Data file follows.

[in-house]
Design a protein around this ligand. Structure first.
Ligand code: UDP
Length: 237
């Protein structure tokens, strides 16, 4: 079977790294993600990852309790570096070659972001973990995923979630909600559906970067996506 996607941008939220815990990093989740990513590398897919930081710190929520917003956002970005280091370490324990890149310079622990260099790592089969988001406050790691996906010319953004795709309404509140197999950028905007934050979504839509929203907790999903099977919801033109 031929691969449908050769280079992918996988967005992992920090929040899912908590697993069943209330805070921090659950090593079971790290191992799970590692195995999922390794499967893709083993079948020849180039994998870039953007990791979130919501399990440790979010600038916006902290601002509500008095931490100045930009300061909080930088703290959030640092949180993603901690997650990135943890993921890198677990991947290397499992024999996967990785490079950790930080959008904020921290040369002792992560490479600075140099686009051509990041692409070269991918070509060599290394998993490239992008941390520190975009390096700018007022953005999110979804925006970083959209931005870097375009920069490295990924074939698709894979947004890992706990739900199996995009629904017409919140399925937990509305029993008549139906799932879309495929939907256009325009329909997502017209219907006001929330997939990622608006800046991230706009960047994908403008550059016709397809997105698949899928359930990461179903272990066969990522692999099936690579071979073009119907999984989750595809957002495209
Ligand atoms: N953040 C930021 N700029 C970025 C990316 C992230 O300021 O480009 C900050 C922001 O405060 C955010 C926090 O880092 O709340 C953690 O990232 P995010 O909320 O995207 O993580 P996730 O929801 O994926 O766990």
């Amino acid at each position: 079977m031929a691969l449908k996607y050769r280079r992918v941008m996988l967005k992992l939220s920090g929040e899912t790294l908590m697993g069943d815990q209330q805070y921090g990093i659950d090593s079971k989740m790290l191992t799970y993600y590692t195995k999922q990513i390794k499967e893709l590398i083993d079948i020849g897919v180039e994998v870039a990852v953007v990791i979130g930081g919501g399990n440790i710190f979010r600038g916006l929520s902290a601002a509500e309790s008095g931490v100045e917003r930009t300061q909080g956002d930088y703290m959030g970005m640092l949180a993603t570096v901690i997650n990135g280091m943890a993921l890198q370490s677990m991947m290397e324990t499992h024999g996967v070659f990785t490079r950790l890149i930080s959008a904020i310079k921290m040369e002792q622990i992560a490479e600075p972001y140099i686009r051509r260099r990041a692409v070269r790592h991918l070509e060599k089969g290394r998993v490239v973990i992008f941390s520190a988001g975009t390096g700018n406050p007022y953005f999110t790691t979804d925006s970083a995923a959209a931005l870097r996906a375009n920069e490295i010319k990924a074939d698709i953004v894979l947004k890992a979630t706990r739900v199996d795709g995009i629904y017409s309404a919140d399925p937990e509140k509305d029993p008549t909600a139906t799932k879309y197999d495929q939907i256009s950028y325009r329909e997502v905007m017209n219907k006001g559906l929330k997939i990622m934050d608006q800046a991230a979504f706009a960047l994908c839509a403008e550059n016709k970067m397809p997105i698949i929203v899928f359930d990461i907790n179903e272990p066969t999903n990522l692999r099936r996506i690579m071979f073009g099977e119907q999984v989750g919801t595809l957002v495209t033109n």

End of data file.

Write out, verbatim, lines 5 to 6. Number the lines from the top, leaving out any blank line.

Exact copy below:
């Protein structure tokens, strides 16, 4: 079977790294993600990852309790570096070659972001973990995923979630909600559906970067996506 996607941008939220815990990093989740990513590398897919930081710190929520917003956002970005280091370490324990890149310079622990260099790592089969988001406050790691996906010319953004795709309404509140197999950028905007934050979504839509929203907790999903099977919801033109 031929691969449908050769280079992918996988967005992992920090929040899912908590697993069943209330805070921090659950090593079971790290191992799970590692195995999922390794499967893709083993079948020849180039994998870039953007990791979130919501399990440790979010600038916006902290601002509500008095931490100045930009300061909080930088703290959030640092949180993603901690997650990135943890993921890198677990991947290397499992024999996967990785490079950790930080959008904020921290040369002792992560490479600075140099686009051509990041692409070269991918070509060599290394998993490239992008941390520190975009390096700018007022953005999110979804925006970083959209931005870097375009920069490295990924074939698709894979947004890992706990739900199996995009629904017409919140399925937990509305029993008549139906799932879309495929939907256009325009329909997502017209219907006001929330997939990622608006800046991230706009960047994908403008550059016709397809997105698949899928359930990461179903272990066969990522692999099936690579071979073009119907999984989750595809957002495209
Ligand atoms: N953040 C930021 N700029 C970025 C990316 C992230 O300021 O480009 C900050 C922001 O405060 C955010 C926090 O880092 O709340 C953690 O990232 P995010 O909320 O995207 O993580 P996730 O929801 O994926 O766990």